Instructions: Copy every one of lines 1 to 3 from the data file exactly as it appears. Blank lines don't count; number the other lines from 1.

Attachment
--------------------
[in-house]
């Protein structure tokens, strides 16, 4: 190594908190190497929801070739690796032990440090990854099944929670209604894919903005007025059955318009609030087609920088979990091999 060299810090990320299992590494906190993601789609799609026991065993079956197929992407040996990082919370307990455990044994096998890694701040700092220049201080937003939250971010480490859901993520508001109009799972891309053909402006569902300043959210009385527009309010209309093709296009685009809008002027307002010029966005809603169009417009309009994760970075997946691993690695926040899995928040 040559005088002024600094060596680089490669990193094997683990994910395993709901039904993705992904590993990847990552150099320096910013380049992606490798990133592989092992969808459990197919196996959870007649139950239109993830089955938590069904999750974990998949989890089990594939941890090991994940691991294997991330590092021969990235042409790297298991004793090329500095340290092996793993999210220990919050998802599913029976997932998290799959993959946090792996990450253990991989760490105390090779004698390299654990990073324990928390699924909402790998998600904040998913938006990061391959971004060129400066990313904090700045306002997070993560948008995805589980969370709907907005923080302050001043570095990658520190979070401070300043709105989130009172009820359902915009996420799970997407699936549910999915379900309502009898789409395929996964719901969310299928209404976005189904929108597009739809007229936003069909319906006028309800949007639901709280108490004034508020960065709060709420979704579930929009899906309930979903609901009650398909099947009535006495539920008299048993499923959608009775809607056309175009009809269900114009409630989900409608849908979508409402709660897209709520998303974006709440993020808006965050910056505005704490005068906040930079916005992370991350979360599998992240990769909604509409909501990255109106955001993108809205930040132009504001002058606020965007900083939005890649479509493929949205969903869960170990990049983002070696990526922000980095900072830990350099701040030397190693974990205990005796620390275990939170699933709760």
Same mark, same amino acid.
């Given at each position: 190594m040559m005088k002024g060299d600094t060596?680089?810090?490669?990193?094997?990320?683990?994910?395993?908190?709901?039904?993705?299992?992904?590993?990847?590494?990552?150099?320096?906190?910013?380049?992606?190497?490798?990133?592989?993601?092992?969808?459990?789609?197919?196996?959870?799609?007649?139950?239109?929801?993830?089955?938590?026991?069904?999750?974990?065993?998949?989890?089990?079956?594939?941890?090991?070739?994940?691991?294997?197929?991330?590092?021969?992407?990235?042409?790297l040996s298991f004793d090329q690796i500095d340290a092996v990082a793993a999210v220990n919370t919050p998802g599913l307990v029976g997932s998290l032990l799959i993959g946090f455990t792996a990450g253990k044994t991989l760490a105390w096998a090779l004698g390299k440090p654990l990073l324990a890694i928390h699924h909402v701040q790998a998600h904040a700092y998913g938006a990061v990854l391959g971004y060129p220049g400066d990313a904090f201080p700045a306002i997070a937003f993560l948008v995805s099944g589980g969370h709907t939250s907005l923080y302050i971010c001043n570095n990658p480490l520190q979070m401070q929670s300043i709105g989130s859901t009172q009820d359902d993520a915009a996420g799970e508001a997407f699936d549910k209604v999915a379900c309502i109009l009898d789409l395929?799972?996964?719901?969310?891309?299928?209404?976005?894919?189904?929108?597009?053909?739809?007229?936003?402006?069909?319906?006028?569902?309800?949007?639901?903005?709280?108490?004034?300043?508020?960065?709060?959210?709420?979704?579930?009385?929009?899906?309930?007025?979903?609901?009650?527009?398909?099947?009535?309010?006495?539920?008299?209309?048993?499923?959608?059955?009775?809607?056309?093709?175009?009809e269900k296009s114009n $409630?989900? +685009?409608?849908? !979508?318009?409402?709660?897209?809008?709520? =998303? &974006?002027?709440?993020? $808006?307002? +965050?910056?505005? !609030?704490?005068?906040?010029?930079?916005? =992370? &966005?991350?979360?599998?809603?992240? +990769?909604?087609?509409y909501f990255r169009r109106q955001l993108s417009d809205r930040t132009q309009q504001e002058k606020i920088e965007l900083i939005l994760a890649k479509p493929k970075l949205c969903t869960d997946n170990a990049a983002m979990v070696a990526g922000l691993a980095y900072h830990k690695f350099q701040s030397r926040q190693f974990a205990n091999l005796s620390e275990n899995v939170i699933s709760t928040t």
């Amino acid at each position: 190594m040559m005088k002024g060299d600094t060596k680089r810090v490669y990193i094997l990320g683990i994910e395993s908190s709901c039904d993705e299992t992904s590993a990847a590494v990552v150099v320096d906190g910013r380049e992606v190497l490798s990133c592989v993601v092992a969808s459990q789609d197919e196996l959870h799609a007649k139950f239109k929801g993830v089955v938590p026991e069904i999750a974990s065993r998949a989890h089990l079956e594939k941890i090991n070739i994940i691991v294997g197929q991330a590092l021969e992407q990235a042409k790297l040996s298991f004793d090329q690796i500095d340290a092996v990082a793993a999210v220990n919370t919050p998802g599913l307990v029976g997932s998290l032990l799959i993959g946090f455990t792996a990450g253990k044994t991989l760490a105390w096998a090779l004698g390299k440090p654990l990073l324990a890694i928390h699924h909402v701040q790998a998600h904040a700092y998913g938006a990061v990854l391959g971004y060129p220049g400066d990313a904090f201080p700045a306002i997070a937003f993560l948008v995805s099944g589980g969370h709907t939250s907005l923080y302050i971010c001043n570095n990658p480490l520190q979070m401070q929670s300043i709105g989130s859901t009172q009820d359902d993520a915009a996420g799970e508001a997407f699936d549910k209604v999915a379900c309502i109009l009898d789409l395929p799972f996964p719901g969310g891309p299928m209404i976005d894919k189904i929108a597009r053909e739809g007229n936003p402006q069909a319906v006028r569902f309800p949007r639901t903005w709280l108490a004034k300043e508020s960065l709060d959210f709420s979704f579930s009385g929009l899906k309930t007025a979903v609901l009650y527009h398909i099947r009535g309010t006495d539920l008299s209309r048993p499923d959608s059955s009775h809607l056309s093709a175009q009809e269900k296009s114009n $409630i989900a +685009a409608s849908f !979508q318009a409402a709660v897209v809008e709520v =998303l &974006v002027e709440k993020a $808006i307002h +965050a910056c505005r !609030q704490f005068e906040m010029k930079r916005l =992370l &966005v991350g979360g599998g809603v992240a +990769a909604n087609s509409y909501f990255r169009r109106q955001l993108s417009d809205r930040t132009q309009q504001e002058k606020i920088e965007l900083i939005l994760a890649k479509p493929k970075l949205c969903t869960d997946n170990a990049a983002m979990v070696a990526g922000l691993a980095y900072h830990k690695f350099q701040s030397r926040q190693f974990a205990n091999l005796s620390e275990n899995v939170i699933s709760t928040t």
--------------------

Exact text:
[in-house]
């Protein structure tokens, strides 16, 4: 190594908190190497929801070739690796032990440090990854099944929670209604894919903005007025059955318009609030087609920088979990091999 060299810090990320299992590494906190993601789609799609026991065993079956197929992407040996990082919370307990455990044994096998890694701040700092220049201080937003939250971010480490859901993520508001109009799972891309053909402006569902300043959210009385527009309010209309093709296009685009809008002027307002010029966005809603169009417009309009994760970075997946691993690695926040899995928040 040559005088002024600094060596680089490669990193094997683990994910395993709901039904993705992904590993990847990552150099320096910013380049992606490798990133592989092992969808459990197919196996959870007649139950239109993830089955938590069904999750974990998949989890089990594939941890090991994940691991294997991330590092021969990235042409790297298991004793090329500095340290092996793993999210220990919050998802599913029976997932998290799959993959946090792996990450253990991989760490105390090779004698390299654990990073324990928390699924909402790998998600904040998913938006990061391959971004060129400066990313904090700045306002997070993560948008995805589980969370709907907005923080302050001043570095990658520190979070401070300043709105989130009172009820359902915009996420799970997407699936549910999915379900309502009898789409395929996964719901969310299928209404976005189904929108597009739809007229936003069909319906006028309800949007639901709280108490004034508020960065709060709420979704579930929009899906309930979903609901009650398909099947009535006495539920008299048993499923959608009775809607056309175009009809269900114009409630989900409608849908979508409402709660897209709520998303974006709440993020808006965050910056505005704490005068906040930079916005992370991350979360599998992240990769909604509409909501990255109106955001993108809205930040132009504001002058606020965007900083939005890649479509493929949205969903869960170990990049983002070696990526922000980095900072830990350099701040030397190693974990205990005796620390275990939170699933709760």
Same mark, same amino acid.